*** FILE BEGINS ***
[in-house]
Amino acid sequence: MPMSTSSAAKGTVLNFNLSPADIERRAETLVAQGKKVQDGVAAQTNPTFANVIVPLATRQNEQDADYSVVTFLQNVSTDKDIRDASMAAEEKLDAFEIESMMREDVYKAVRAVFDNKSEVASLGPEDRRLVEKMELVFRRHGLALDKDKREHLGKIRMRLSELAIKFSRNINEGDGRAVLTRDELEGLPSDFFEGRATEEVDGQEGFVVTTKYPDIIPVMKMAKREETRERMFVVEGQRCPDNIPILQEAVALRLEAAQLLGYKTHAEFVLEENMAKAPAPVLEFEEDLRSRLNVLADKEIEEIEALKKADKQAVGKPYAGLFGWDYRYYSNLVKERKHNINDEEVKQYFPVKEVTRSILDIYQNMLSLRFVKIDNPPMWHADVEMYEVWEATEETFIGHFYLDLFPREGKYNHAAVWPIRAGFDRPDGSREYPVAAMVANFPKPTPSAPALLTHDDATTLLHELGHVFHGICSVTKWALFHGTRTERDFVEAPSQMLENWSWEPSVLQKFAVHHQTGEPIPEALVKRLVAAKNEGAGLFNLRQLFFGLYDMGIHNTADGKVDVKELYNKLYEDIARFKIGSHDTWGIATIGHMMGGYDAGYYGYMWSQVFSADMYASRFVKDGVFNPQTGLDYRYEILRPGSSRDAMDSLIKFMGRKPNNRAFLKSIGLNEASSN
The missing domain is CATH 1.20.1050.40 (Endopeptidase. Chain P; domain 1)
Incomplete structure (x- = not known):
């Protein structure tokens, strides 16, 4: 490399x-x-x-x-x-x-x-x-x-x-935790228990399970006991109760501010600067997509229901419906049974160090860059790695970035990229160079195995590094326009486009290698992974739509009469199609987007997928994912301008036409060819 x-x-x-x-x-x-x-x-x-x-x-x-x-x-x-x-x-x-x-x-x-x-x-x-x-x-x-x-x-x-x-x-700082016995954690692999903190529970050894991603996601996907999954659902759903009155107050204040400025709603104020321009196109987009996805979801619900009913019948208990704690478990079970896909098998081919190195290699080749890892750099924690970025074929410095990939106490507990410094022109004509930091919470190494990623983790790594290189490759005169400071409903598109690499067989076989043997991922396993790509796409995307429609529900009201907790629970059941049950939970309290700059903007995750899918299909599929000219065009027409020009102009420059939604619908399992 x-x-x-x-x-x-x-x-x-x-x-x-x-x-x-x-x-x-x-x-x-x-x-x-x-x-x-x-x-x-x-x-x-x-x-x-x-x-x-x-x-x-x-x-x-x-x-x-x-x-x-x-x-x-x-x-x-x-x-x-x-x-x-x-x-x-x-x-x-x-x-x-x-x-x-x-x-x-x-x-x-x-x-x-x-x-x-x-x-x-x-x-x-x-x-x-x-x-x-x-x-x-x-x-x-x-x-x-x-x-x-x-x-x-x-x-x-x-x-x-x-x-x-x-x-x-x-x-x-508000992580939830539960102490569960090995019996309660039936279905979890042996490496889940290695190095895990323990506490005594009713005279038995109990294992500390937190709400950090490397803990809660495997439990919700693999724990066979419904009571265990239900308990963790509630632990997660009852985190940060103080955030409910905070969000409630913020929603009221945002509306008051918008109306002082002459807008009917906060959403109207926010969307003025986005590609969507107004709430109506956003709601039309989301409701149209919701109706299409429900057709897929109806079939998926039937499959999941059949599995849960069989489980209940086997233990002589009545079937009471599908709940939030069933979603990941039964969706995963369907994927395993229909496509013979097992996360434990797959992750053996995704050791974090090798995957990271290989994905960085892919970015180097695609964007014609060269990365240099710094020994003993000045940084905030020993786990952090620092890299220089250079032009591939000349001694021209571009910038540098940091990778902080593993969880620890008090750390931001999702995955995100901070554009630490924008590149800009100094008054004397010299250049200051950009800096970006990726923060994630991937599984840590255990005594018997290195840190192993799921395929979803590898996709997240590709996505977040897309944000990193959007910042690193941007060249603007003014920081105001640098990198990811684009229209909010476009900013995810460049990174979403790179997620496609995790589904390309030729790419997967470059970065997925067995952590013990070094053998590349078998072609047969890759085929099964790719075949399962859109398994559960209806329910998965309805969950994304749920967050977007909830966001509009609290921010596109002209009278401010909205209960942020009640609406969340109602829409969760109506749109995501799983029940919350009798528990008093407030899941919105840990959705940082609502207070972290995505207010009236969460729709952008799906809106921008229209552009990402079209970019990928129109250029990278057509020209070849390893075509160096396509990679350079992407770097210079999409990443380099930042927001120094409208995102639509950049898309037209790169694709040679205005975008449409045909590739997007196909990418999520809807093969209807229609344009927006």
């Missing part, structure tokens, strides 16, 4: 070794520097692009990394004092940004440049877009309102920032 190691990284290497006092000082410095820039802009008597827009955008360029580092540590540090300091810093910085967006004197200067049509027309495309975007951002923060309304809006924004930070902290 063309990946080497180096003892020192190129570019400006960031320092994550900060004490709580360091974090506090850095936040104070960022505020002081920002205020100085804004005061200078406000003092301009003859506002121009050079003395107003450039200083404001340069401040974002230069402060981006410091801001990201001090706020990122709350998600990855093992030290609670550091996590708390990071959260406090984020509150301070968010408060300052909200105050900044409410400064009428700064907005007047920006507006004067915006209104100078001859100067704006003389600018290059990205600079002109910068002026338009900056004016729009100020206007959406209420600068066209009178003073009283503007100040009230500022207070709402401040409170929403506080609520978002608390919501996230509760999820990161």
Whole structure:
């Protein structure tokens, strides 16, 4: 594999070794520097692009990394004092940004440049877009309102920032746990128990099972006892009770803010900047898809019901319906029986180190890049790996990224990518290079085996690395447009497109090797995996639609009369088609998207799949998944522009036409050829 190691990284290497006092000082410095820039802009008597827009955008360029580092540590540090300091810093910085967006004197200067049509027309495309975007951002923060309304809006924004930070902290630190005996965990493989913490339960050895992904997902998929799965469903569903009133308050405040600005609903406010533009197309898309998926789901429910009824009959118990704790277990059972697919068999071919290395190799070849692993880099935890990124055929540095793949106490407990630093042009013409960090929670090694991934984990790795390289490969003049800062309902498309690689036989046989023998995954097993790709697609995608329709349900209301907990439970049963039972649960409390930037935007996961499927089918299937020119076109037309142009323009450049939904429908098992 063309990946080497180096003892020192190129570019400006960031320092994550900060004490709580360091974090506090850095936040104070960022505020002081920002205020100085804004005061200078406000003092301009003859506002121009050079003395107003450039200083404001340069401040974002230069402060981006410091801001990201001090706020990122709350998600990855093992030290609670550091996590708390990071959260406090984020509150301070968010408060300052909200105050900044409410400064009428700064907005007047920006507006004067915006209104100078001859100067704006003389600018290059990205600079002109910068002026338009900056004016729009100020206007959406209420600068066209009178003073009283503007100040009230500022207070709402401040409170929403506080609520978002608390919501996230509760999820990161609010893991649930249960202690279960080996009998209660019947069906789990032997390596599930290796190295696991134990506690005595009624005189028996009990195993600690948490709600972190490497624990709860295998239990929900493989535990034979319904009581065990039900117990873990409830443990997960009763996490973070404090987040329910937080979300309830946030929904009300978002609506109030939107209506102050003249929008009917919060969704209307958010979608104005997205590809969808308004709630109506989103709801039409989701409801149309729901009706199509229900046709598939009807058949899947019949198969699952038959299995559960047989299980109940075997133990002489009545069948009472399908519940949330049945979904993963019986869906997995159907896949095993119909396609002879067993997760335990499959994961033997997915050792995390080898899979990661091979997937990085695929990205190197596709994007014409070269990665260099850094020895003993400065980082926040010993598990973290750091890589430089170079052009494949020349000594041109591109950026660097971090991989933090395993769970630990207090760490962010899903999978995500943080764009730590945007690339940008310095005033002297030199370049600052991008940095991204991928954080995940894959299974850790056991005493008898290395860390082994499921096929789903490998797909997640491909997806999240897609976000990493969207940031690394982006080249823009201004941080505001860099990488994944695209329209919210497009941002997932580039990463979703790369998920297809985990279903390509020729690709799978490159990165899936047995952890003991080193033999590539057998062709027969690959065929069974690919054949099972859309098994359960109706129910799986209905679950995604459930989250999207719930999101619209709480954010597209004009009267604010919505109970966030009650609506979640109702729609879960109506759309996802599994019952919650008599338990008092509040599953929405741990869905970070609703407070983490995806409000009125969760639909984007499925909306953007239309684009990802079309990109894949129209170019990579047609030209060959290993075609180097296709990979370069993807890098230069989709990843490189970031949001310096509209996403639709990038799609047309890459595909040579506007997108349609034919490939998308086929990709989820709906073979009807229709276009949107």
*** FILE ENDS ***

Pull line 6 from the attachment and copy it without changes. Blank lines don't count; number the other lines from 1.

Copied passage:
């Missing part, structure tokens, strides 16, 4: 070794520097692009990394004092940004440049877009309102920032 190691990284290497006092000082410095820039802009008597827009955008360029580092540590540090300091810093910085967006004197200067049509027309495309975007951002923060309304809006924004930070902290 063309990946080497180096003892020192190129570019400006960031320092994550900060004490709580360091974090506090850095936040104070960022505020002081920002205020100085804004005061200078406000003092301009003859506002121009050079003395107003450039200083404001340069401040974002230069402060981006410091801001990201001090706020990122709350998600990855093992030290609670550091996590708390990071959260406090984020509150301070968010408060300052909200105050900044409410400064009428700064907005007047920006507006004067915006209104100078001859100067704006003389600018290059990205600079002109910068002026338009900056004016729009100020206007959406209420600068066209009178003073009283503007100040009230500022207070709402401040409170929403506080609520978002608390919501996230509760999820990161």